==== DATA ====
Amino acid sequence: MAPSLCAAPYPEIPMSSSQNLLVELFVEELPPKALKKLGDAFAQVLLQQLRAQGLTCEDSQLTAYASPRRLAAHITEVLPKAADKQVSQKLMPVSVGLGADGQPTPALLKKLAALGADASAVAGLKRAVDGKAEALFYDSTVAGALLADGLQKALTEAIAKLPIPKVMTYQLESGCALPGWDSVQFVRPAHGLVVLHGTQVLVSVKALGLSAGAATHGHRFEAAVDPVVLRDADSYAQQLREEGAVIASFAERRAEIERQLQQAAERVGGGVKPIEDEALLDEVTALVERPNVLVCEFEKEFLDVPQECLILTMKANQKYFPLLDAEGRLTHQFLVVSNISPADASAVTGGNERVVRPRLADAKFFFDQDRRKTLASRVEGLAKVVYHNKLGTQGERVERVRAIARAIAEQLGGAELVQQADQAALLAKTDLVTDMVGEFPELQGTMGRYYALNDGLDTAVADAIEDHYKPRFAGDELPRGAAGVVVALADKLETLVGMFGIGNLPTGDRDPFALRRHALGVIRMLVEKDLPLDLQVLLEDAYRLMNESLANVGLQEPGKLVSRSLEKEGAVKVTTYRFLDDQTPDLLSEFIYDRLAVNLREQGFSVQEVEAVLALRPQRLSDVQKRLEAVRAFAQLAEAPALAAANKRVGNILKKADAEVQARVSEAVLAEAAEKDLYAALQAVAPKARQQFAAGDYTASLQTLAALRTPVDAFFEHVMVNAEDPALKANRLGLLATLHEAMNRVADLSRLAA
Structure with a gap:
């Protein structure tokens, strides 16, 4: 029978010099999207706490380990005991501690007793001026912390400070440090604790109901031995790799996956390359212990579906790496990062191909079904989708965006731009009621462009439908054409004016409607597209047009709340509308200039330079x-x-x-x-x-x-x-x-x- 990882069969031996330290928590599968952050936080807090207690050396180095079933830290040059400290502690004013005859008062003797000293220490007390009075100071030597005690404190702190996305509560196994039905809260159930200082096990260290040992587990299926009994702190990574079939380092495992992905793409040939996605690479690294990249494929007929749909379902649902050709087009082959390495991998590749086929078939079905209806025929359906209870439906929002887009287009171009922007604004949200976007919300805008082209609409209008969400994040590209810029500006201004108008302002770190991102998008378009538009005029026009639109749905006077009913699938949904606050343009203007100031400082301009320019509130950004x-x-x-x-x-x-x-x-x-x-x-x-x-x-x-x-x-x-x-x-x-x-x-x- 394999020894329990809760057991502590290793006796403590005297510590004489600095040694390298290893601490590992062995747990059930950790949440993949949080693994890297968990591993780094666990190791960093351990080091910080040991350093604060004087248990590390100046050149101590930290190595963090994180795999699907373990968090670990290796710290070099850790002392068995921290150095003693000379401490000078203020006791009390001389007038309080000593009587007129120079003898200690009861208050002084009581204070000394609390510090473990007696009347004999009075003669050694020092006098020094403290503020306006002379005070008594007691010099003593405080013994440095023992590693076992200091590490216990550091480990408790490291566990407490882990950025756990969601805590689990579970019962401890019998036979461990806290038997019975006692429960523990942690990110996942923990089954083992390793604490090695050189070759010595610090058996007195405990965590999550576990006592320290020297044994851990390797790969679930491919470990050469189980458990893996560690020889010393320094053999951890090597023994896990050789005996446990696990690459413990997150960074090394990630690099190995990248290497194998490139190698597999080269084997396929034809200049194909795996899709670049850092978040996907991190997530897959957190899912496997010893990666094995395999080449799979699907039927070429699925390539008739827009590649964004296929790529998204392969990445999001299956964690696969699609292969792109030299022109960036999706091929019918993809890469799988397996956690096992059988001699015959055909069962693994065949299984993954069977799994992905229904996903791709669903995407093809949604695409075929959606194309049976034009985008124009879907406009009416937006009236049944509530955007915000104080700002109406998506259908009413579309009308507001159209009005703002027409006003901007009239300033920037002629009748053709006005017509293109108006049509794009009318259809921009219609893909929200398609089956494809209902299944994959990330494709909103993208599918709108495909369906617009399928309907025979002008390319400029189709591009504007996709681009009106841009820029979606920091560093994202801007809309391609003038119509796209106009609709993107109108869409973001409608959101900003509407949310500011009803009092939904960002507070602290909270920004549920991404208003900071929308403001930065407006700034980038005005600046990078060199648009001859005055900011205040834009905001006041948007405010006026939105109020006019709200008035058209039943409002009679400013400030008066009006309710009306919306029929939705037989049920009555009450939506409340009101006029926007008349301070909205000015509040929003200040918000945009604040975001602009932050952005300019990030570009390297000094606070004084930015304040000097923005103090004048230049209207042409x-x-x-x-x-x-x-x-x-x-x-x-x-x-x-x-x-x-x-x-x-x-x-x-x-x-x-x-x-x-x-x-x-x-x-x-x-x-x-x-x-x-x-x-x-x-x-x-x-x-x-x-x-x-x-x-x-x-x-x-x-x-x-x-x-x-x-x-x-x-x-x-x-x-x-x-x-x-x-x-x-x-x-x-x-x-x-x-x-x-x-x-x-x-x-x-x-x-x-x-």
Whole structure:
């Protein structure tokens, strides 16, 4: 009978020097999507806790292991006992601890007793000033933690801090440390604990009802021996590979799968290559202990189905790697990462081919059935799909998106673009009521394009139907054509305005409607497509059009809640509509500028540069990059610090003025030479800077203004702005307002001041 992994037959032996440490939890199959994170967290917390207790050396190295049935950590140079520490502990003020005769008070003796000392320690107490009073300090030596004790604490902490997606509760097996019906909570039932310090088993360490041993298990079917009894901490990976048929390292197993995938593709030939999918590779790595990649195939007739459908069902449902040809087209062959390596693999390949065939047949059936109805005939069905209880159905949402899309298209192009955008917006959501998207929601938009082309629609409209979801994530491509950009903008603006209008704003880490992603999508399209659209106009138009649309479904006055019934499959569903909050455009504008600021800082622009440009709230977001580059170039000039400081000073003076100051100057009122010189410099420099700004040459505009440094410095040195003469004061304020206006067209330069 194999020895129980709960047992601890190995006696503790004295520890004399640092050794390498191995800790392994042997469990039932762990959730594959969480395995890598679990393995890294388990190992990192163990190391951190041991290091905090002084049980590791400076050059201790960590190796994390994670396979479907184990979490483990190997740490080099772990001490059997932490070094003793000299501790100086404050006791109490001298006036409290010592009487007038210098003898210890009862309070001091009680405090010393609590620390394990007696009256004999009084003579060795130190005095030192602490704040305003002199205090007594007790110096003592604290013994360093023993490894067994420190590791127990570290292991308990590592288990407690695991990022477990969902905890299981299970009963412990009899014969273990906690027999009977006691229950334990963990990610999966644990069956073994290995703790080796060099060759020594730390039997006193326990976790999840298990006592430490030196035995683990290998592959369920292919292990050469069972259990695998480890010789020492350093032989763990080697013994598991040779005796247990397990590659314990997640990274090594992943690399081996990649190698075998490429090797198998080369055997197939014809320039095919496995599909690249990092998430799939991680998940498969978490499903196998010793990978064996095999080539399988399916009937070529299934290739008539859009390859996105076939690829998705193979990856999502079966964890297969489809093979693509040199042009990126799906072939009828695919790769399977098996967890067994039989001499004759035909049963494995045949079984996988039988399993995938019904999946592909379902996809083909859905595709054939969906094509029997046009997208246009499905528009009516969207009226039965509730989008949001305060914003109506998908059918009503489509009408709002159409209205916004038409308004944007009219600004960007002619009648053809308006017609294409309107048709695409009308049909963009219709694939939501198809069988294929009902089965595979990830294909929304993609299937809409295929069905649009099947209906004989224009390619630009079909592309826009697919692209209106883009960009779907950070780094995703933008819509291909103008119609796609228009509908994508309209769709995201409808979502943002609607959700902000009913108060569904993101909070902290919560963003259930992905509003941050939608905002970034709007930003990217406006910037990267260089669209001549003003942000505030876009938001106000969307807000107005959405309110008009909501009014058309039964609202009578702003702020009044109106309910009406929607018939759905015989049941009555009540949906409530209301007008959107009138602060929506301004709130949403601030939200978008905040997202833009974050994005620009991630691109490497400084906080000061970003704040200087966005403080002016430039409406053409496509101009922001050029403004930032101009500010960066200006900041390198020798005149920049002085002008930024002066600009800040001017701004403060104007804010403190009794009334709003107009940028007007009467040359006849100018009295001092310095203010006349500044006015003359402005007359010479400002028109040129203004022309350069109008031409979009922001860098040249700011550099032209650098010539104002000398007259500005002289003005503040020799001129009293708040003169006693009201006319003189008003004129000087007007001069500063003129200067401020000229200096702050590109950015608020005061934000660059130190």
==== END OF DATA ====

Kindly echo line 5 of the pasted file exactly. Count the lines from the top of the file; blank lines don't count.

């Protein structure tokens, strides 16, 4: 009978020097999507806790292991006992601890007793000033933690801090440390604990009802021996590979799968290559202990189905790697990462081919059935799909998106673009009521394009139907054509305005409607497509059009809640509509500028540069990059610090003025030479800077203004702005307002001041 992994037959032996440490939890199959994170967290917390207790050396190295049935950590140079520490502990003020005769008070003796000392320690107490009073300090030596004790604490902490997606509760097996019906909570039932310090088993360490041993298990079917009894901490990976048929390292197993995938593709030939999918590779790595990649195939007739459908069902449902040809087209062959390596693999390949065939047949059936109805005939069905209880159905949402899309298209192009955008917006959501998207929601938009082309629609409209979801994530491509950009903008603006209008704003880490992603999508399209659209106009138009649309479904006055019934499959569903909050455009504008600021800082622009440009709230977001580059170039000039400081000073003076100051100057009122010189410099420099700004040459505009440094410095040195003469004061304020206006067209330069 194999020895129980709960047992601890190995006696503790004295520890004399640092050794390498191995800790392994042997469990039932762990959730594959969480395995890598679990393995890294388990190992990192163990190391951190041991290091905090002084049980590791400076050059201790960590190796994390994670396979479907184990979490483990190997740490080099772990001490059997932490070094003793000299501790100086404050006791109490001298006036409290010592009487007038210098003898210890009862309070001091009680405090010393609590620390394990007696009256004999009084003579060795130190005095030192602490704040305003002199205090007594007790110096003592604290013994360093023993490894067994420190590791127990570290292991308990590592288990407690695991990022477990969902905890299981299970009963412990009899014969273990906690027999009977006691229950334990963990990610999966644990069956073994290995703790080796060099060759020594730390039997006193326990976790999840298990006592430490030196035995683990290998592959369920292919292990050469069972259990695998480890010789020492350093032989763990080697013994598991040779005796247990397990590659314990997640990274090594992943690399081996990649190698075998490429090797198998080369055997197939014809320039095919496995599909690249990092998430799939991680998940498969978490499903196998010793990978064996095999080539399988399916009937070529299934290739008539859009390859996105076939690829998705193979990856999502079966964890297969489809093979693509040199042009990126799906072939009828695919790769399977098996967890067994039989001499004759035909049963494995045949079984996988039988399993995938019904999946592909379902996809083909859905595709054939969906094509029997046009997208246009499905528009009516969207009226039965509730989008949001305060914003109506998908059918009503489509009408709002159409209205916004038409308004944007009219600004960007002619009648053809308006017609294409309107048709695409009308049909963009219709694939939501198809069988294929009902089965595979990830294909929304993609299937809409295929069905649009099947209906004989224009390619630009079909592309826009697919692209209106883009960009779907950070780094995703933008819509291909103008119609796609228009509908994508309209769709995201409808979502943002609607959700902000009913108060569904993101909070902290919560963003259930992905509003941050939608905002970034709007930003990217406006910037990267260089669209001549003003942000505030876009938001106000969307807000107005959405309110008009909501009014058309039964609202009578702003702020009044109106309910009406929607018939759905015989049941009555009540949906409530209301007008959107009138602060929506301004709130949403601030939200978008905040997202833009974050994005620009991630691109490497400084906080000061970003704040200087966005403080002016430039409406053409496509101009922001050029403004930032101009500010960066200006900041390198020798005149920049002085002008930024002066600009800040001017701004403060104007804010403190009794009334709003107009940028007007009467040359006849100018009295001092310095203010006349500044006015003359402005007359010479400002028109040129203004022309350069109008031409979009922001860098040249700011550099032209650098010539104002000398007259500005002289003005503040020799001129009293708040003169006693009201006319003189008003004129000087007007001069500063003129200067401020000229200096702050590109950015608020005061934000660059130190």